a_(0,1)=ALL
a_(0,2)=
a_(0,3)=
a_(0,4)=
a_(0,5)=
a_(1,0)=
a_(1,1)=
a_(1,2)=
a_(1,3)=
a_(1,4)=
a_(1,5)=
a_(2,0)=
a_(2,1)=
a_(2,2)=NIF
a_(2,3)=FLIP
a_(2,4)=XOR
a_(2,5)=NAND
a_(3,0)=
a_(3,1)=
a_(3,2)=
a_(3,3)=
a_(3,4)=
a_(3,5)=






Date Subject Author
2/10/13
Read distinguishability - in context, according to definitions
fom
2/10/13
Read Re: distinguishability - in context, according to definitions
J. Antonio Perez M.
2/10/13
Read Re: distinguishability - in context, according to definitions
fom
2/11/13
Read Re: distinguishability - in context, according to definitions
Shmuel (Seymour J.) Metz
2/11/13
Read Re: distinguishability - in context, according to definitions
fom
2/14/13
Read Re: distinguishability - in context, according to definitions
Shmuel (Seymour J.) Metz
2/14/13
Read Re: distinguishability - in context, according to definitions
fom
2/14/13
Read Re: distinguishability - in context, according to definitions
fom
2/15/13
Read Re: distinguishability - in context, according to definitions
fom
2/15/13
Read Re: distinguishability - in context, according to definitions
Shmuel (Seymour J.) Metz
2/16/13
Read Re: distinguishability - in context, according to definitions
fom
2/17/13
Read Re: distinguishability - in context, according to definitions
Shmuel (Seymour J.) Metz
2/19/13
Read Re: distinguishability - in context, according to definitions
fom
2/21/13
Read Re: distinguishability - in context, according to definitions
Shmuel (Seymour J.) Metz
2/15/13
Read Re: distinguishability - in context, according to definitions
fom
2/15/13
Read Re: distinguishability - in context, according to definitions
fom
2/14/13
Read Re: distinguishability - in context, according to definitions
fom
2/17/13
Read Re: distinguishability - in context, according to definitions
Shmuel (Seymour J.) Metz
2/17/13
Read Re: distinguishability - in context, according to definitions
fom
2/17/13
Read Re: distinguishability - in context, according to definitions
Barb Knox
2/18/13
Read Re: distinguishability - in context, according to definitions
fom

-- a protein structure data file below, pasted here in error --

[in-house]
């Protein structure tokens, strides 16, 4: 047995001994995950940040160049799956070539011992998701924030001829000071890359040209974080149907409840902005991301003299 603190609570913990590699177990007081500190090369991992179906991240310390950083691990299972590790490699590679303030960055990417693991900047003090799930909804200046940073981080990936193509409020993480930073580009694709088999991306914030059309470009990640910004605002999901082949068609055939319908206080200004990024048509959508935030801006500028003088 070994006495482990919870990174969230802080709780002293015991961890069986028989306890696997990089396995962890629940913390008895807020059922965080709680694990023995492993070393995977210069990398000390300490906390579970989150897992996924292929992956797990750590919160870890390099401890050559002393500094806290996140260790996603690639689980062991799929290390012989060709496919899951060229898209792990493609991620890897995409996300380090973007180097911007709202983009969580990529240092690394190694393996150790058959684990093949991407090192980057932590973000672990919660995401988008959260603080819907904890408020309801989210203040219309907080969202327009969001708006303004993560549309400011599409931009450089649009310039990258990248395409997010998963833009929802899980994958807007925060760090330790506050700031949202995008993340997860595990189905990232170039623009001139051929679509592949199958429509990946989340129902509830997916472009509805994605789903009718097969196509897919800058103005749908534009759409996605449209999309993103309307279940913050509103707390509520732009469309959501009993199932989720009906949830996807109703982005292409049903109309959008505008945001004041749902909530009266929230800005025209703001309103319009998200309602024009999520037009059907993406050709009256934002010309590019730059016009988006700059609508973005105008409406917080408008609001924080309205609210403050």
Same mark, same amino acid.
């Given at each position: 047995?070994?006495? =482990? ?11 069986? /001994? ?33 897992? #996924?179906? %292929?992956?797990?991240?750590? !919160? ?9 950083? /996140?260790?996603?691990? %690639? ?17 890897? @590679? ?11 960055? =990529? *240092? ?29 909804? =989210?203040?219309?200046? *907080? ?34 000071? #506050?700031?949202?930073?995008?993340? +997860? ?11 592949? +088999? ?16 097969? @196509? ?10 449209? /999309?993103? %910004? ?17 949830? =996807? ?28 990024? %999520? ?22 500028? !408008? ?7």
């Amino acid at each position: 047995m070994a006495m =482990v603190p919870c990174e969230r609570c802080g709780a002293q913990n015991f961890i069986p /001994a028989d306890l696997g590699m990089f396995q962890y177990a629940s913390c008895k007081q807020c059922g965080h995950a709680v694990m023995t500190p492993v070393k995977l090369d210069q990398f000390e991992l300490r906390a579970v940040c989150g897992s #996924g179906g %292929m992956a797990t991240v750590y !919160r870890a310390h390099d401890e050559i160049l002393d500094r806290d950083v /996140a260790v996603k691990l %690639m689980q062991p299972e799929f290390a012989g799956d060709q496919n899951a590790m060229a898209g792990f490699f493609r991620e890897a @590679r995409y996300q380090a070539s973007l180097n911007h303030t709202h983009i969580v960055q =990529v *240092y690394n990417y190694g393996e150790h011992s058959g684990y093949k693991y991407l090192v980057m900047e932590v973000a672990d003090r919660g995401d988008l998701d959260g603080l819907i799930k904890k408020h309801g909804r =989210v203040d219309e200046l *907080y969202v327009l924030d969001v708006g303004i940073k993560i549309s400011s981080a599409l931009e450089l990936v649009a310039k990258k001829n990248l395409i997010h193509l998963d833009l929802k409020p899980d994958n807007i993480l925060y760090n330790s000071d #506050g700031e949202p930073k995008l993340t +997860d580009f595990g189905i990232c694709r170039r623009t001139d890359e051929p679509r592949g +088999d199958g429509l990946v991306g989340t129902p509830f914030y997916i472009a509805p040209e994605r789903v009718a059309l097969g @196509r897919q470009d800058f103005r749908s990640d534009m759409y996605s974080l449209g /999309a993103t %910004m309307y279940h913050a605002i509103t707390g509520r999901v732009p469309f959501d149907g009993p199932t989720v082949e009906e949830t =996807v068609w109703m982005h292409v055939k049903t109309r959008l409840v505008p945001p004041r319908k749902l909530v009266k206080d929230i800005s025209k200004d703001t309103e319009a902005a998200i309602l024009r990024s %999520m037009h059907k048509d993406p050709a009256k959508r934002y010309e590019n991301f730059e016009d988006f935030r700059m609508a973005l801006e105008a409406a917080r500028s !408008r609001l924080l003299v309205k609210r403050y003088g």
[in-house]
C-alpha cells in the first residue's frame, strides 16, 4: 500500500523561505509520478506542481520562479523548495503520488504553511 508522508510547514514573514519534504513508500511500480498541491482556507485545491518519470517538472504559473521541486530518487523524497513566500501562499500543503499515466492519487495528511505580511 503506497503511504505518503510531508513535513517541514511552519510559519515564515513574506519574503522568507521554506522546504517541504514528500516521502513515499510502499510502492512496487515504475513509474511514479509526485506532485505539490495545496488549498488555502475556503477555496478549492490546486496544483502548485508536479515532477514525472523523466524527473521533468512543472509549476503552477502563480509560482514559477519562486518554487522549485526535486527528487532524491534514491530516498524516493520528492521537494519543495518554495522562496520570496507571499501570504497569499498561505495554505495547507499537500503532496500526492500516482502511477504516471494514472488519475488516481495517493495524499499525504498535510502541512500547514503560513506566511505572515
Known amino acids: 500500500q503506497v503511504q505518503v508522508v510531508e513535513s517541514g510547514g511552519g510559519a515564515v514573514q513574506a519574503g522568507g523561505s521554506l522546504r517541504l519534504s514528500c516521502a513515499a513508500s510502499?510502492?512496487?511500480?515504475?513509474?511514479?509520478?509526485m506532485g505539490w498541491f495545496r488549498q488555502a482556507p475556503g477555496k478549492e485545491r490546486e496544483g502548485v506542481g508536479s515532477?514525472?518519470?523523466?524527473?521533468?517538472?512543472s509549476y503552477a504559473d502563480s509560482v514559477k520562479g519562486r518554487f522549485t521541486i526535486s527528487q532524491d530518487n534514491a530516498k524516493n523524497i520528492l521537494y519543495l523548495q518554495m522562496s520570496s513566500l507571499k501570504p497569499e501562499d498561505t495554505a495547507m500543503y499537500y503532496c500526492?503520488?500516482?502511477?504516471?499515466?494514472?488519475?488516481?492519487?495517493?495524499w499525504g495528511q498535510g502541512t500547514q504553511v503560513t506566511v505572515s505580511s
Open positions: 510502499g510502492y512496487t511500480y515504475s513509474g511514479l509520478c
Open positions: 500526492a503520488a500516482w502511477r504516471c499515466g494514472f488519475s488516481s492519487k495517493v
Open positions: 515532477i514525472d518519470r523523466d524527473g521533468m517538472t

2/19/13
Read Re: distinguishability - in context, according to definitions
Shmuel (Seymour J.) Metz
2/19/13
Read Re: distinguishability - in context, according to definitions
fom
2/21/13
Read Re: distinguishability - in context, according to definitions
Shmuel (Seymour J.) Metz
2/19/13
Read Re: distinguishability - in context, according to definitions
Shmuel (Seymour J.) Metz
2/19/13
Read Re: distinguishability - in context, according to definitions
fom
2/21/13
Read Re: distinguishability - in context, according to definitions
Shmuel (Seymour J.) Metz
2/21/13
Read Re: distinguishability - in context, according to definitions
fom
2/22/13
Read Re: distinguishability - in context, according to definitions
Shmuel (Seymour J.) Metz
2/15/13
Read Re: distinguishability - in context, according to definitions
fom
2/17/13
Read Re: distinguishability - in context, according to definitions
Shmuel (Seymour J.) Metz
2/17/13
Read Re: distinguishability - in context, according to definitions
fom
2/19/13
Read Re: distinguishability - in context, according to definitions
Shmuel (Seymour J.) Metz
2/16/13
Read Re: distinguishability - in context, according to definitions
dan.ms.chaos@gmail.com
2/16/13
Read Re: distinguishability - in context, according to definitions
fom
2/17/13
Read Re: distinguishability - in context, according to definitions
dan.ms.chaos@gmail.com
2/17/13
Read Re: distinguishability - in context, according to definitions
fom
2/17/13
Read Re: distinguishability - in context, according to definitions
dan.ms.chaos@gmail.com
2/18/13
Read Re: distinguishability - in context, according to definitions
Shmuel (Seymour J.) Metz
2/20/13
Read Re: distinguishability - in context, according to definitions
fom
2/21/13
Read Re: distinguishability - in context, according to definitions
Shmuel (Seymour J.) Metz
2/16/13
Read Re: distinguishability - in context, according to definitions
fom
2/19/13
Read Re: distinguishability - in context, according to definitions
Shmuel (Seymour J.) Metz
2/19/13
Read Re: distinguishability - in context, according to definitions
fom